In 1976 a Trinidadian in the USA, with an eye on returning home and working for the government, decided to apply to do a Masters in Public Health at Johns Hopkins University (JHU).
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Our feminist legacy intact
It was the Girl Guides who rocked the International Women’s Day (IWD) march, held on March 8 in Arima and organised by Ida le Blanc and the National Union of Domestic Employees (Nude).
Under midday sun, these young women carried us forward on their songs. Caught up by their camaraderie, all I could see was them making the right steps to becoming the faces of future Caribbean feminisms.
An earlier generation of committed women’s rights advocates was there, women like Jacquie Burgess, Hazel Brown, Rhoda Reddock, Folade Mutota and others. Those younger than me, Marcus Kissoon of the Rape Crisis Society, long-time reproductive rights activist Nicole Hendrickson, and UWI students Stephanie Leitch and Sommer Hunte, were in the intergenerational mix. Besides the women, there were men from the OWTU, Shiraz Khan representing Trinidad Unified Farmers Association, and more.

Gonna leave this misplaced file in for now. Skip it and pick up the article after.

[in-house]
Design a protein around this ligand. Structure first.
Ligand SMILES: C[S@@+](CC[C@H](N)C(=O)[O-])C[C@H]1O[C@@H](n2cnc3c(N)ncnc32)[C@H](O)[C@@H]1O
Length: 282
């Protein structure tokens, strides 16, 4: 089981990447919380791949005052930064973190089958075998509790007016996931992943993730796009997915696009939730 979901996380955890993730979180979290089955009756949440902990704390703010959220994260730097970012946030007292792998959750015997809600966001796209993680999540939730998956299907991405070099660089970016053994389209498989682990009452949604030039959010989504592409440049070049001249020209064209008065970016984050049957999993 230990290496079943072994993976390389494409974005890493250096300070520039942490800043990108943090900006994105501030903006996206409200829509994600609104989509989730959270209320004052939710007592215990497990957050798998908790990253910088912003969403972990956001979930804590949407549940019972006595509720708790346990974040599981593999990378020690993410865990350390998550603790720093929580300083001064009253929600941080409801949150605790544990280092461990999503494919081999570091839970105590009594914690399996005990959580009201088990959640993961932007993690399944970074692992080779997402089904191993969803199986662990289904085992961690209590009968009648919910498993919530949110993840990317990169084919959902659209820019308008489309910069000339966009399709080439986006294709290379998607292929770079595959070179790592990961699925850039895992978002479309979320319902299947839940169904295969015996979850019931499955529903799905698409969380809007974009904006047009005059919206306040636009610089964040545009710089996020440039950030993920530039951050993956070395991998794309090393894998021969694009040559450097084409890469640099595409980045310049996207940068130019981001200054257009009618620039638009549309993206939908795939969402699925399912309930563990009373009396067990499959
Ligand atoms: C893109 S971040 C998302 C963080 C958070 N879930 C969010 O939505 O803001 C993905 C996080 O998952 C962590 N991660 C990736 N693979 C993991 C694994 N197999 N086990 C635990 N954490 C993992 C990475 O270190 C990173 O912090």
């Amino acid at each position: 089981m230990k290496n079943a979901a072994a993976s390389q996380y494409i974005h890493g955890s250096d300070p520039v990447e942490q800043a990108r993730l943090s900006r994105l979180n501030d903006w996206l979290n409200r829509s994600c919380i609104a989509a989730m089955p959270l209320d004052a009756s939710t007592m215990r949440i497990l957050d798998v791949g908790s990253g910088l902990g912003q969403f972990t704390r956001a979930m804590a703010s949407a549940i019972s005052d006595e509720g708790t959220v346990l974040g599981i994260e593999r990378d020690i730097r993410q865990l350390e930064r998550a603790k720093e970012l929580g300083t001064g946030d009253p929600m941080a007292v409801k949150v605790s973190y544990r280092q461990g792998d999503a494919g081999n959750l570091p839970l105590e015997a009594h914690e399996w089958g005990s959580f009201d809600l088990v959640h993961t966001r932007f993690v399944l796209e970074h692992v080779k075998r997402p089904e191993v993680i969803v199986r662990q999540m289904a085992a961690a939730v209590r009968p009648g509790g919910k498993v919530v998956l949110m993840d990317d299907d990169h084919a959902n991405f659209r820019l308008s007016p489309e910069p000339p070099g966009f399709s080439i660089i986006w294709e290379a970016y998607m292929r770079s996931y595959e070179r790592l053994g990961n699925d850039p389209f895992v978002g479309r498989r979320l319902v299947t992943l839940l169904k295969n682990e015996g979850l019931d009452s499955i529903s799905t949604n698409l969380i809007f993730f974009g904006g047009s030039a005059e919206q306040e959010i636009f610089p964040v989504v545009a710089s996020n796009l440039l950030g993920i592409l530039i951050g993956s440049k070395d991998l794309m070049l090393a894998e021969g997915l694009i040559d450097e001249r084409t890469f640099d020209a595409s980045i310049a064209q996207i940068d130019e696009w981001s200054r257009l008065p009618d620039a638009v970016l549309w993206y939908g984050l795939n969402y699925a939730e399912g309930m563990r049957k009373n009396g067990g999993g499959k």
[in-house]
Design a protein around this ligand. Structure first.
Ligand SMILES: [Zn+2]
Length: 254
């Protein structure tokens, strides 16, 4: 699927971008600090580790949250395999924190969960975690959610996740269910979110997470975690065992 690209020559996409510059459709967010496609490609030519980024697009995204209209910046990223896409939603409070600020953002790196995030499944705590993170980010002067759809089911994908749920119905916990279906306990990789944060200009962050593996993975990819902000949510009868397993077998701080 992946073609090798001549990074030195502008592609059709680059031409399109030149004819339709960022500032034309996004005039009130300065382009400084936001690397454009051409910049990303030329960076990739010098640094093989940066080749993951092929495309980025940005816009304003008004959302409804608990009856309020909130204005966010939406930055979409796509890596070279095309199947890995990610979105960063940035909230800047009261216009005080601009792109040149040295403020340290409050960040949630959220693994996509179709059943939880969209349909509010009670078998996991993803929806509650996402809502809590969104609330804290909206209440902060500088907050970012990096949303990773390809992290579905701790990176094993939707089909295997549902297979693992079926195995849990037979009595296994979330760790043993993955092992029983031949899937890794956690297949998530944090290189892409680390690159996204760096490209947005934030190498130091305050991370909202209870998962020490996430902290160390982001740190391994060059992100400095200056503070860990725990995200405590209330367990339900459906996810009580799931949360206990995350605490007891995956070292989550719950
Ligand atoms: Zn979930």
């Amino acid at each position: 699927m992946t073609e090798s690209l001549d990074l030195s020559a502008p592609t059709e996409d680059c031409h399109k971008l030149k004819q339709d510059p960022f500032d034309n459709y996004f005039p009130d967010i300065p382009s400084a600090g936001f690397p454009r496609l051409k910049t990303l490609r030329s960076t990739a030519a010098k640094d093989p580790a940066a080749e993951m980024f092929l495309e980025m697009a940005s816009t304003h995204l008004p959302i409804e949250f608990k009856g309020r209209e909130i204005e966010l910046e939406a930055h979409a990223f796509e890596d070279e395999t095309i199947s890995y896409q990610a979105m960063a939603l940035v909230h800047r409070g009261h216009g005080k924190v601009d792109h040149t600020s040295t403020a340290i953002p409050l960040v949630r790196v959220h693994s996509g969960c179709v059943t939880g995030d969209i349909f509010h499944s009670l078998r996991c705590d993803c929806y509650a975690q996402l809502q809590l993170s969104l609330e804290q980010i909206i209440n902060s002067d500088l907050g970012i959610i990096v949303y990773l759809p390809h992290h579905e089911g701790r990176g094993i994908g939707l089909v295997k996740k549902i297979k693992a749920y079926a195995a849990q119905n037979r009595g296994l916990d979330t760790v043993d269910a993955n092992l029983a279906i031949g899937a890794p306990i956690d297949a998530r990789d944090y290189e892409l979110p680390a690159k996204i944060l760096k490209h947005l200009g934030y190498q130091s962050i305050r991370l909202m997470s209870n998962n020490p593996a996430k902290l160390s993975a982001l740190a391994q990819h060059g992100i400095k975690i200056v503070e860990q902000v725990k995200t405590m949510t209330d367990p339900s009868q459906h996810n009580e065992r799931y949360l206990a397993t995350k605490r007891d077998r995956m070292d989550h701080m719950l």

We were continuing the path cut by women like Daisy Crick and Elma Francois, Thelma Williams, considered the “mother” of the OWTU, international socialist and pan-Africanist Claudia Jones, Christina Lewis, of the Caribbean Women’s National Assembly, who first started International Women’s Day commemorations in Trinidad in 1958, and Clotil Walcott, founder of Nude.
These were women who knew that neither they, nor we, could get weary until labour held the reins of power, legislated the rules and wages that created decent conditions of employment, and transformed the kinds of injustice that affected all workers and especially women, unequal workers in their own homes, in other people’s homes and in the lowest-paid sectors of the economy.
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